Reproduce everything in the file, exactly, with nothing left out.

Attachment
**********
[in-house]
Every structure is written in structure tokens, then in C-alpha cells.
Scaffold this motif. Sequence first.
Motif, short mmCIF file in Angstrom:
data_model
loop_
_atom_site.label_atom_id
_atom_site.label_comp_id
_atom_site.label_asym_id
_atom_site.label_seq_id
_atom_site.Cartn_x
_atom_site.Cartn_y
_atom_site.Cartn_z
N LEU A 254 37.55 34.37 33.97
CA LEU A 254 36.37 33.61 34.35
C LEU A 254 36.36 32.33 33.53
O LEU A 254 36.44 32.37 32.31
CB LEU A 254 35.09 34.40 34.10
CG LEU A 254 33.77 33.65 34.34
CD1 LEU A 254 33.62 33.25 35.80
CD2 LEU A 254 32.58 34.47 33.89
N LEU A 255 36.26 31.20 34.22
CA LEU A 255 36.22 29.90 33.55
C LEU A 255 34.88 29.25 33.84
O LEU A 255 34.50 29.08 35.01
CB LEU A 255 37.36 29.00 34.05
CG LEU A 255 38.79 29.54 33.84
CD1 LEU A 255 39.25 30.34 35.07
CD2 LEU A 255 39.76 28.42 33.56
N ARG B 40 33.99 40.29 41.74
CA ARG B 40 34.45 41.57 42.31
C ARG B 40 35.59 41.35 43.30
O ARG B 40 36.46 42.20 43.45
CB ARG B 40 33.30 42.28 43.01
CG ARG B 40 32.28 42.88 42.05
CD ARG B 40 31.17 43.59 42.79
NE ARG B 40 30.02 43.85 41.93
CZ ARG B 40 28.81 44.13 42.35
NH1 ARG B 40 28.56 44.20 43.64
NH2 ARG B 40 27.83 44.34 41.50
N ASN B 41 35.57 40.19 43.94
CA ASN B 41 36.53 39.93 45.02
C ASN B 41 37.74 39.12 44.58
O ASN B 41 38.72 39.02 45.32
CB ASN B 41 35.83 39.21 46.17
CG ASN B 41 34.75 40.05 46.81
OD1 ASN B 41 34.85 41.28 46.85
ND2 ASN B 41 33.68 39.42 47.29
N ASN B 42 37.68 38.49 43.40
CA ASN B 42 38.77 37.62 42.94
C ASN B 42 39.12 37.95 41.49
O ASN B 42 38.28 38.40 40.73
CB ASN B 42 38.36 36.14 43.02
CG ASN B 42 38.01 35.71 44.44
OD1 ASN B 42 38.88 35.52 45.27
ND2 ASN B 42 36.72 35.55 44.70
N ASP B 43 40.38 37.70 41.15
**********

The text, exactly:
[in-house]
Every structure is written in structure tokens, then in C-alpha cells.
Scaffold this motif. Sequence first.
Motif, short mmCIF file in Angstrom:
data_model
loop_
_atom_site.label_atom_id
_atom_site.label_comp_id
_atom_site.label_asym_id
_atom_site.label_seq_id
_atom_site.Cartn_x
_atom_site.Cartn_y
_atom_site.Cartn_z
N LEU A 254 37.55 34.37 33.97
CA LEU A 254 36.37 33.61 34.35
C LEU A 254 36.36 32.33 33.53
O LEU A 254 36.44 32.37 32.31
CB LEU A 254 35.09 34.40 34.10
CG LEU A 254 33.77 33.65 34.34
CD1 LEU A 254 33.62 33.25 35.80
CD2 LEU A 254 32.58 34.47 33.89
N LEU A 255 36.26 31.20 34.22
CA LEU A 255 36.22 29.90 33.55
C LEU A 255 34.88 29.25 33.84
O LEU A 255 34.50 29.08 35.01
CB LEU A 255 37.36 29.00 34.05
CG LEU A 255 38.79 29.54 33.84
CD1 LEU A 255 39.25 30.34 35.07
CD2 LEU A 255 39.76 28.42 33.56
N ARG B 40 33.99 40.29 41.74
CA ARG B 40 34.45 41.57 42.31
C ARG B 40 35.59 41.35 43.30
O ARG B 40 36.46 42.20 43.45
CB ARG B 40 33.30 42.28 43.01
CG ARG B 40 32.28 42.88 42.05
CD ARG B 40 31.17 43.59 42.79
NE ARG B 40 30.02 43.85 41.93
CZ ARG B 40 28.81 44.13 42.35
NH1 ARG B 40 28.56 44.20 43.64
NH2 ARG B 40 27.83 44.34 41.50
N ASN B 41 35.57 40.19 43.94
CA ASN B 41 36.53 39.93 45.02
C ASN B 41 37.74 39.12 44.58
O ASN B 41 38.72 39.02 45.32
CB ASN B 41 35.83 39.21 46.17
CG ASN B 41 34.75 40.05 46.81
OD1 ASN B 41 34.85 41.28 46.85
ND2 ASN B 41 33.68 39.42 47.29
N ASN B 42 37.68 38.49 43.40
CA ASN B 42 38.77 37.62 42.94
C ASN B 42 39.12 37.95 41.49
O ASN B 42 38.28 38.40 40.73
CB ASN B 42 38.36 36.14 43.02
CG ASN B 42 38.01 35.71 44.44
OD1 ASN B 42 38.88 35.52 45.27
ND2 ASN B 42 36.72 35.55 44.70
N ASP B 43 40.38 37.70 41.15